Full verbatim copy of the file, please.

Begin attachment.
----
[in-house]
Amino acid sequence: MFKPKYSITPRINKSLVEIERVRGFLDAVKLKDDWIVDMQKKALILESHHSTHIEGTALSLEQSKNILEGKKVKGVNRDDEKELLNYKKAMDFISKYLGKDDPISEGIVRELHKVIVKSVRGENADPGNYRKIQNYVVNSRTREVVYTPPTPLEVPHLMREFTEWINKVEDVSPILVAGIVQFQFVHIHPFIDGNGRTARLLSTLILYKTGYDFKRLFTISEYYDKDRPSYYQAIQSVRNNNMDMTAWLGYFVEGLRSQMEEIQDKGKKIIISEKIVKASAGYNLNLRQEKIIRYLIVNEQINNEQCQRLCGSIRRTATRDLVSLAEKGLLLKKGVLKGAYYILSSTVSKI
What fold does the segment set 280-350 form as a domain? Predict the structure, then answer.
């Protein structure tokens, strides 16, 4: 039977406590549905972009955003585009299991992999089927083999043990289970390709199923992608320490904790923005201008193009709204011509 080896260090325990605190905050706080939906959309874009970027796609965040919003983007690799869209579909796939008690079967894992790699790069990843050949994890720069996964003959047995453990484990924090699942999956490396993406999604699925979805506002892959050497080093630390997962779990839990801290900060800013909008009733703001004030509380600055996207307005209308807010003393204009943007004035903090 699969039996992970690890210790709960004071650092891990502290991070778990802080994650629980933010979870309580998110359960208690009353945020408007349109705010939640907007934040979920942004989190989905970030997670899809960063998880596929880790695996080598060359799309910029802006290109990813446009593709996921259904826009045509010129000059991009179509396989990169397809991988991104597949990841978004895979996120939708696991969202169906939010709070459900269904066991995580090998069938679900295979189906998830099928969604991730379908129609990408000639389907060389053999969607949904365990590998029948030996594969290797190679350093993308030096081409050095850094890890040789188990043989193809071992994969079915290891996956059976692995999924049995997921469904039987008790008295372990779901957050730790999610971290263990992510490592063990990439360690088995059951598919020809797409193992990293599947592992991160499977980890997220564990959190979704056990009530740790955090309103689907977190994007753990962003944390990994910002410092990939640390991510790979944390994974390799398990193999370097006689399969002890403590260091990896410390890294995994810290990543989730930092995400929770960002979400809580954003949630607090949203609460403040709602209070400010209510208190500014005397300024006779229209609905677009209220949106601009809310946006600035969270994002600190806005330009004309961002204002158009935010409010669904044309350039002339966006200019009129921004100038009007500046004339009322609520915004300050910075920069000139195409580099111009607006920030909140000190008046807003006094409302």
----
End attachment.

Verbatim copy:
[in-house]
Amino acid sequence: MFKPKYSITPRINKSLVEIERVRGFLDAVKLKDDWIVDMQKKALILESHHSTHIEGTALSLEQSKNILEGKKVKGVNRDDEKELLNYKKAMDFISKYLGKDDPISEGIVRELHKVIVKSVRGENADPGNYRKIQNYVVNSRTREVVYTPPTPLEVPHLMREFTEWINKVEDVSPILVAGIVQFQFVHIHPFIDGNGRTARLLSTLILYKTGYDFKRLFTISEYYDKDRPSYYQAIQSVRNNNMDMTAWLGYFVEGLRSQMEEIQDKGKKIIISEKIVKASAGYNLNLRQEKIIRYLIVNEQINNEQCQRLCGSIRRTATRDLVSLAEKGLLLKKGVLKGAYYILSSTVSKI
What fold does the segment set 280-350 form as a domain? Predict the structure, then answer.
């Protein structure tokens, strides 16, 4: 039977406590549905972009955003585009299991992999089927083999043990289970390709199923992608320490904790923005201008193009709204011509 080896260090325990605190905050706080939906959309874009970027796609965040919003983007690799869209579909796939008690079967894992790699790069990843050949994890720069996964003959047995453990484990924090699942999956490396993406999604699925979805506002892959050497080093630390997962779990839990801290900060800013909008009733703001004030509380600055996207307005209308807010003393204009943007004035903090 699969039996992970690890210790709960004071650092891990502290991070778990802080994650629980933010979870309580998110359960208690009353945020408007349109705010939640907007934040979920942004989190989905970030997670899809960063998880596929880790695996080598060359799309910029802006290109990813446009593709996921259904826009045509010129000059991009179509396989990169397809991988991104597949990841978004895979996120939708696991969202169906939010709070459900269904066991995580090998069938679900295979189906998830099928969604991730379908129609990408000639389907060389053999969607949904365990590998029948030996594969290797190679350093993308030096081409050095850094890890040789188990043989193809071992994969079915290891996956059976692995999924049995997921469904039987008790008295372990779901957050730790999610971290263990992510490592063990990439360690088995059951598919020809797409193992990293599947592992991160499977980890997220564990959190979704056990009530740790955090309103689907977190994007753990962003944390990994910002410092990939640390991510790979944390994974390799398990193999370097006689399969002890403590260091990896410390890294995994810290990543989730930092995400929770960002979400809580954003949630607090949203609460403040709602209070400010209510208190500014005397300024006779229209609905677009209220949106601009809310946006600035969270994002600190806005330009004309961002204002158009935010409010669904044309350039002339966006200019009129921004100038009007500046004339009322609520915004300050910075920069000139195409580099111009607006920030909140000190008046807003006094409302």